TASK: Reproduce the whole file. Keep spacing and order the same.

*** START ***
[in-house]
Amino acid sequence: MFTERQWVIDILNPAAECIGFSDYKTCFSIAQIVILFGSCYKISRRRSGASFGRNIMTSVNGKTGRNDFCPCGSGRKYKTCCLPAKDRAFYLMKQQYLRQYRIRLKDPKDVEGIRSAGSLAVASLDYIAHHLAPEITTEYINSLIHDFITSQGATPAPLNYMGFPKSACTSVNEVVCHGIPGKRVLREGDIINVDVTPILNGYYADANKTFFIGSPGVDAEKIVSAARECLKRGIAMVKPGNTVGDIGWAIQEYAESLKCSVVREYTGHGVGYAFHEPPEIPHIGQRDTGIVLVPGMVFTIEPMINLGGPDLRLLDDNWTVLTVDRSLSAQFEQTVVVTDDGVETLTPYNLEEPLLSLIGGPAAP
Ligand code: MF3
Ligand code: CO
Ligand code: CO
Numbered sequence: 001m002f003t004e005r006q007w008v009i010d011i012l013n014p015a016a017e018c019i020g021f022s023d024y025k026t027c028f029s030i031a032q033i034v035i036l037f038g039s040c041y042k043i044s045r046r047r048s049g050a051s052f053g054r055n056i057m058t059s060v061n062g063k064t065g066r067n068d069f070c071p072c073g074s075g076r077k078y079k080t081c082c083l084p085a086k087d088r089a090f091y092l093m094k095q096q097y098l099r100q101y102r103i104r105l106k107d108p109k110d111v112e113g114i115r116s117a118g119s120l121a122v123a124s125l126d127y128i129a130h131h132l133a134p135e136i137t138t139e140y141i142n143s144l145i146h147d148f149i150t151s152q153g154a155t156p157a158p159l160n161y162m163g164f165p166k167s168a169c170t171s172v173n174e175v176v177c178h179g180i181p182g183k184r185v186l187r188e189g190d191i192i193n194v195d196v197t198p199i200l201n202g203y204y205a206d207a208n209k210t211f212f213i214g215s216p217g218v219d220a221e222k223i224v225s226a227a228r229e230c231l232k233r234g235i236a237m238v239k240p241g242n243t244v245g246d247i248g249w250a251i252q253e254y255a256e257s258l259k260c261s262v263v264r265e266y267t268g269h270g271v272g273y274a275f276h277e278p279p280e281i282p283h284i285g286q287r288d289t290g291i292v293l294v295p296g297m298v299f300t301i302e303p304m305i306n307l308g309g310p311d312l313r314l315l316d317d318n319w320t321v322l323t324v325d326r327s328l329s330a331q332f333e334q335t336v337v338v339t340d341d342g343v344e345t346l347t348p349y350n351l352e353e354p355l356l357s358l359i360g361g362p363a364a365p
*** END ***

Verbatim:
[in-house]
Amino acid sequence: MFTERQWVIDILNPAAECIGFSDYKTCFSIAQIVILFGSCYKISRRRSGASFGRNIMTSVNGKTGRNDFCPCGSGRKYKTCCLPAKDRAFYLMKQQYLRQYRIRLKDPKDVEGIRSAGSLAVASLDYIAHHLAPEITTEYINSLIHDFITSQGATPAPLNYMGFPKSACTSVNEVVCHGIPGKRVLREGDIINVDVTPILNGYYADANKTFFIGSPGVDAEKIVSAARECLKRGIAMVKPGNTVGDIGWAIQEYAESLKCSVVREYTGHGVGYAFHEPPEIPHIGQRDTGIVLVPGMVFTIEPMINLGGPDLRLLDDNWTVLTVDRSLSAQFEQTVVVTDDGVETLTPYNLEEPLLSLIGGPAAP
Ligand code: MF3
Ligand code: CO
Ligand code: CO
Numbered sequence: 001m002f003t004e005r006q007w008v009i010d011i012l013n014p015a016a017e018c019i020g021f022s023d024y025k026t027c028f029s030i031a032q033i034v035i036l037f038g039s040c041y042k043i044s045r046r047r048s049g050a051s052f053g054r055n056i057m058t059s060v061n062g063k064t065g066r067n068d069f070c071p072c073g074s075g076r077k078y079k080t081c082c083l084p085a086k087d088r089a090f091y092l093m094k095q096q097y098l099r100q101y102r103i104r105l106k107d108p109k110d111v112e113g114i115r116s117a118g119s120l121a122v123a124s125l126d127y128i129a130h131h132l133a134p135e136i137t138t139e140y141i142n143s144l145i146h147d148f149i150t151s152q153g154a155t156p157a158p159l160n161y162m163g164f165p166k167s168a169c170t171s172v173n174e175v176v177c178h179g180i181p182g183k184r185v186l187r188e189g190d191i192i193n194v195d196v197t198p199i200l201n202g203y204y205a206d207a208n209k210t211f212f213i214g215s216p217g218v219d220a221e222k223i224v225s226a227a228r229e230c231l232k233r234g235i236a237m238v239k240p241g242n243t244v245g246d247i248g249w250a251i252q253e254y255a256e257s258l259k260c261s262v263v264r265e266y267t268g269h270g271v272g273y274a275f276h277e278p279p280e281i282p283h284i285g286q287r288d289t290g291i292v293l294v295p296g297m298v299f300t301i302e303p304m305i306n307l308g309g310p311d312l313r314l315l316d317d318n319w320t321v322l323t324v325d326r327s328l329s330a331q332f333e334q335t336v337v338v339t340d341d342g343v344e345t346l347t348p349y350n351l352e353e354p355l356l357s358l359i360g361g362p363a364a365p